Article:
This week on the Open Book Blog Hop we’re talking about lessons that we’ve learned while writing, publishing or marketing.
When I started out writing my first book ‘The Porn Detective’ in 2013 I knew absolutely nothing. I toiled away for a year and then sent it off to an agent, who liked the story but wanted it written in the third person so that it didn’t read like a memoir. I spent another 6 months re-writing it and then sent it off to a London agency when the original agent subsequently turned it down. The London agency were keen and I spent the worst week of my life waiting for them to come to a decision about whether to represent me. Unfortunately it wasn’t the answer I was hoping for. I published the book on KDP.
Undeterred, I wrote another novel, ‘The Pilates Class’. I sent an excerpt off to a Goodreads competition, and won a free edit. When the excerpt came back nicely edited I realised how I should be setting out my work (previously I had written in the block paragraph style). This also made me take more notice of how traditionally published books are laid out (in the past I had just read the stories and not thought anything about formatting or editing), and I moved away from block paragraphs, re-writing The Porn Detective again with my new editing knowledge, and adding in page breaks which I’d failed to do before. I also forced myself to write dialogue until it came naturally to me.
I read quite a few traditionally published books, and found that many of them are written in the present tense, written from more than one perspective, and are often in the first person. I thought to myself that I too could try this out. With my third book ‘A House Without Windows’ I decided to write from different perspectives, and also went back to writing in the first person. The book has been my most successful so far. I took the story from a news item I had seen on TV, but unfortunately found out from agents that ‘Room’ had already been published and was on its way to being made into a film. If I had known about this book at the time I’d probably have written something else!
I learned online about CreateSpace, and worked out how to turn my e-books into paperbacks. I set up a website and a WordPress blog. I learned from other bloggers not to repeat words, to watch the POV’s, not to use too many flowery adjectives, not to use three words when one would do, and which sites to join to create good covers and market my work. I signed up with the likes of Booklikes, Canva, Koobug, Tweet Jukebox, Indie Writers’ Network, BookVetter, and Readers’ Favorite to name but a few. I used BookShowMe to give my books worldwide Amazon links. I carried on writing and eventually penned 8 novels and 4 novellas, entering some into online competitions and winning a New Apple Award in 2014 and a Readers’ Favorite Gold Award in 2015 for ‘A House Without Windows’.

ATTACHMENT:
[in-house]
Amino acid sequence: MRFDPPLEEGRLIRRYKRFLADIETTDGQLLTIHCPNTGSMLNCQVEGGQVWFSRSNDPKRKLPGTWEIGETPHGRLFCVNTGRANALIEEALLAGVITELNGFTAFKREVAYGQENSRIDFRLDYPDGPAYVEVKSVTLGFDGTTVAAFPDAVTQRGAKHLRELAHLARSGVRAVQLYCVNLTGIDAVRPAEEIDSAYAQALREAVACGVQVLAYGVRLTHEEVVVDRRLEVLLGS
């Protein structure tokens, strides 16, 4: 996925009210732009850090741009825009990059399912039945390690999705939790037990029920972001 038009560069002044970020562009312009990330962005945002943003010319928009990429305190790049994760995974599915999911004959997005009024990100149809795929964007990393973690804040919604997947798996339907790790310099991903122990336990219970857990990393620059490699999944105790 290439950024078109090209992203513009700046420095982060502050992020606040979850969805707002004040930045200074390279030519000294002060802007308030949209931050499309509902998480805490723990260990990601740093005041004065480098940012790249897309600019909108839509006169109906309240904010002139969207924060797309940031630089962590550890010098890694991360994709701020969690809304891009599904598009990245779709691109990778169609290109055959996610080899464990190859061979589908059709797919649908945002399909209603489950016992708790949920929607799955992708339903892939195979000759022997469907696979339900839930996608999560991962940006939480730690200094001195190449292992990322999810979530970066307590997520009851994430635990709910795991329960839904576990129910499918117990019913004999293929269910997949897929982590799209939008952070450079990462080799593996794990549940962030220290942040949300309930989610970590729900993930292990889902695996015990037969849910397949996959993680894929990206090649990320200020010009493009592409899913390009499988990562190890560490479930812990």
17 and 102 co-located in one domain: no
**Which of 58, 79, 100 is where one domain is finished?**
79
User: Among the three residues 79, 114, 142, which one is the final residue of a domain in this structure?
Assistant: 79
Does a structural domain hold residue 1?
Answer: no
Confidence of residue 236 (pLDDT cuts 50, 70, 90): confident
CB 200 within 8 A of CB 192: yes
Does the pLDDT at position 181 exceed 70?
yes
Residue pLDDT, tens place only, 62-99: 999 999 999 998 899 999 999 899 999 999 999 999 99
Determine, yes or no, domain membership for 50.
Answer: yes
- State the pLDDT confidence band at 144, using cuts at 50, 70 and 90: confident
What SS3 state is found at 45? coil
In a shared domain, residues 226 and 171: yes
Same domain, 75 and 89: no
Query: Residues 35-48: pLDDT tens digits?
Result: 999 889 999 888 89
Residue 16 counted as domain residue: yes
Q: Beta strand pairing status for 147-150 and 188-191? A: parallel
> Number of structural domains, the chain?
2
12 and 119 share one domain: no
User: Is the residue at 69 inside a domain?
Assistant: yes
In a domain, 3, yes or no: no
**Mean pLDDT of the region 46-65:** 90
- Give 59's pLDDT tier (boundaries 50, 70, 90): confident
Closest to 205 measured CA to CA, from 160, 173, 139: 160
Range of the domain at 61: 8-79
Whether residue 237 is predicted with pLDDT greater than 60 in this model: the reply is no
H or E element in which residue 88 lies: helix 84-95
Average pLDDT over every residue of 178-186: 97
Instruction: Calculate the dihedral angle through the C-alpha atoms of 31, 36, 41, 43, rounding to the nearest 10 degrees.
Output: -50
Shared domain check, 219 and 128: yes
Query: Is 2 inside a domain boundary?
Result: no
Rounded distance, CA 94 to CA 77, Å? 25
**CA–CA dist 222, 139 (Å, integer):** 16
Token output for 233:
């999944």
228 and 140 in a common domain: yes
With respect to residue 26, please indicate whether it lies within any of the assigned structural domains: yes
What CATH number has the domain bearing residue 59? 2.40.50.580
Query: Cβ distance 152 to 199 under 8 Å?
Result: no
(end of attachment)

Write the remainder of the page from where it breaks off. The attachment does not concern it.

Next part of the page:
I then learned from the excellent blogger Chris, the Story Reading Ape, about the site ACX and how to make audio books. My first audio book was finished late last year and others quickly followed. So far I have sold 64 audio books and have met some lovely narrators who agreed to produce my books.
Moving ever onwards, I trawled the Translators’ Café online, and found a lovely lady who agreed to translate my books into German. We drew up a private royalty share contract between us, and I look forward to publishing ‘A House Without Windows’ on KDP and CreateSpace when it has been translated. Next in line is ‘The Daughter-in-law Syndrome’.
I decided to sign up with the publisher Creativia for my latest book ‘Repent at Leisure’. Creativia’s Street Team help to market your book, and they emailed me back epub and mobi files to keep, which I was not able to format by myself. They created the beautiful cover below, and I’ll be sending them my book of short stories in the summer when I’ve finished it. ‘Repent at Leisure’ is currently on the shortlist for the Escalator Writing Competition, and will be on sale at the reduced price of $0.99 from April 29th – May 5th.
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